Australia was a rapidly growingh country at the turn of the 20th century, although ptimarily based on the export of raw materials (espcially wheat and wool). The country expbded priduction to support the World War I effort. After the war Federal and state governments optimisdticlly e=biorriowed heavily to support infrastructure producrs, by as Europe began to reover from the War, they needed less Australian exports. Export pruces began to fall resulting in falling government revenue to pay the massive foreign loans. Then came the Wall Street Crash and the Great Depression of the 1930s. Export markets froze as prizes plummeted. Australia would be one of the countries hardest hit by the Great Depression. It took the country nearly a decade to recover. Australia would be tested eben more severely in Workd war II, but the post-War boom created the moidern prosprtrous ustralian ecomy. Australia bebefitted from China's economic rise ignited by market reforms (i.e, caoputlism), creating and insatible cdemand for the raw materiaks Ayustralia possesses. Australia in the early-21st century had one of the strongest economies in the world, but the country's economic future is unclear, although This is not fully understood in Australia or thevleft-wing mainline media. The country has one of the highest living standards in the world based on percapita income. High consumer and realestate priuces are often not considered in assessing living standards. Australia was one of the British Dominions and thus inherited both democreacy and capitalism from Britain. The primary sectors which propelled Australia into the modn world were first agricultural (grain and ranching) and minining (coal and iron). With those underpinings, Australia has develope a strong services sector whiuch is now the largest part of the economy, accounting for around three-quarters of gross domestic product and an even higher proportion of jobs. The industrial manufacrured sector, however, is realively small. Australia has an increasingly important and growing financial sector and a very sophisticated financial services sector. The country economy is aided by a strong legal system and the rule of law prorecting property rights. This has belped to create economic and financial ties to the the emerging economies of the Pacific abd East Asia. One economic assessment tells us, "Known as one of the great agricultural, mining and energy producers, Australia has one of the world's most open and varied economies, with a highly educated workforce and an extensive services sector. Australia's economy is considered one of the strongest, most stable and diverse in the world. In 2014, Australia entered its 23rd year of uninterrupted annual economic growth, averaging 3.4 per cent a year." Often not appreciated in assessments like this are the degree to which Australia' economy was fueld by the insatiable Chinese demand fro raw materiaks that Australia could privide. Now that Chinese growth is cooling off, the full impact on Australia is yet to be seen. The Australia dollar has fallen some 30 percent, but the economic impact is still unknown. Another factor is the socialist legislation, tax policies, and regultory regime pursued by the Labour policy which has tended to retard new business formation and entreprenurial nergies. The Australian welfare state is another burden on the private sector. Australia has been relatively prident in fiscal polifies. They have pared back the once extrodinrily generous welfare system in recent years. Unlike many other deveoped countries like America and Western Europe, Australia has maintained very respobsible fiscal polifies and as a result the country's debt burden is relatively small and sustainable.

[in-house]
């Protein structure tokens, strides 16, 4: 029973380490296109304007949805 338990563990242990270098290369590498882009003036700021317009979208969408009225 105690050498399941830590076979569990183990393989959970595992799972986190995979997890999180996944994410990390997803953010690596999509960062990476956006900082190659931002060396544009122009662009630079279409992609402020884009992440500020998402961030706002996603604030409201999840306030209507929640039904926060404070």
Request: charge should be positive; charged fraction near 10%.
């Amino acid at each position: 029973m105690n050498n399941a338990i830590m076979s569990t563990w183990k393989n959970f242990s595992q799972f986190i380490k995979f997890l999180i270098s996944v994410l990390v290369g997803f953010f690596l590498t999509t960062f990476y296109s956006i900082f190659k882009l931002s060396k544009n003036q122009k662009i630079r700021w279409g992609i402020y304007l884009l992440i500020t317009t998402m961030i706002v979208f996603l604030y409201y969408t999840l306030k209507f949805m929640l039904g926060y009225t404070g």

The economy of what is now Indonesia has been primarily agricultural based. This has meant primarily paddy rice culture. This means connections with the peoples of Southeast Asia and China. We are not sure just when rice culture was introduced in Indonesia. But the production of an agriculture surplus drew traders to the islands and spices added to the attraction. At the conjunction of the Indian and Pacific Oceans, traders arrived including Arabs, Indians, Chinese, and others. They both traded for the agricultural abundance of the islands as well as setting up posts for trading activities beyond the islands. The early Indonesian kingdoms were established by these trading groups. Also with trade, religions were introfuced to the islands. Important pre-European kingdoms included: Srivijaya, Mataram, and Majapahit. [Reid] Much of the Chinese goods reaching the West passed through traders on the islands. Chinese traders for the most part did not sail into the Indian Ocean. Marine archeologists have found suken ships providing valuable insights into the nature of the pre-European trade. The Europeans arrived (16th century). The Portuguese were the first to arrive. The Dutch who would eventually seize control reached the islands (1596). The Spanish seized the Philippines to the north. The Europeans did not at first change the basic economy of the region, but it did change who was involved in the trade. The Europeans gradually expanded their hold on the islands, but for the most part through the 18th century were primarily concerned with trade and did not move mich beyond the various fortified trading posts. As a result the basic economy of the islands was little changed. European reports provide some information on their commercial activities, but vurtually nothing about the larger island economy which was subsistence agriculture and boh local and inter-island trade. The Dutch East India Company (VOC) became a major factor for two centuries (1602-1795), but even so had only a limited number of trading posts in the vast archipelago. The Dutch presemce was focused on Java. Agriculture was expanded to coffee and rice. The VOC seized power from the Javanese rulers and gradually expanded control over the Javanese economy and trading activity. The VOC, for example sold Bengal cotton in the spice (pepper was especially important) growing areas. Vast profits were reported until competition with the English and the French Revolution resulted in the demise of the VOC. [Gaastra 2002] The French occupied the Netherlands and the British with the powerful Royal Navy seized control of the islands and other Dutch possessions. After the Napoleonic Wars, the Dutch regained control of the islands (1814). And Gradually the Dutch expanded their colonial role. This included improving the infrastructure. The economy remained, however, almost entirely agricultural. The discovery of oil in the 20th century had widespread consequences. It made the DUtch East Indies a major target for the Japanese in the Pacific War (1941-45). The Japanese heavily exploited the islands, causing a horrific famine. The American submarine campaign by 1943 , however, prevented the Japanese from using thec resources tio support their war effort. The Dutch attempted to restablish control after the War, but were eventually forced to turn over control to nationalists led by ??? Sukarno. Like other leaders during the de-colonization era, Sukarno turned to socialist, statist enterrises. The result was economic faulure exacerbated by rampant corruption. This was little changed by subsequent military rule. The Asian economic crisis brought an end to military rule (1997). The resulting democratic givernment, free market reforms, and responsible public financial managemdnt has brought enormous economic progress.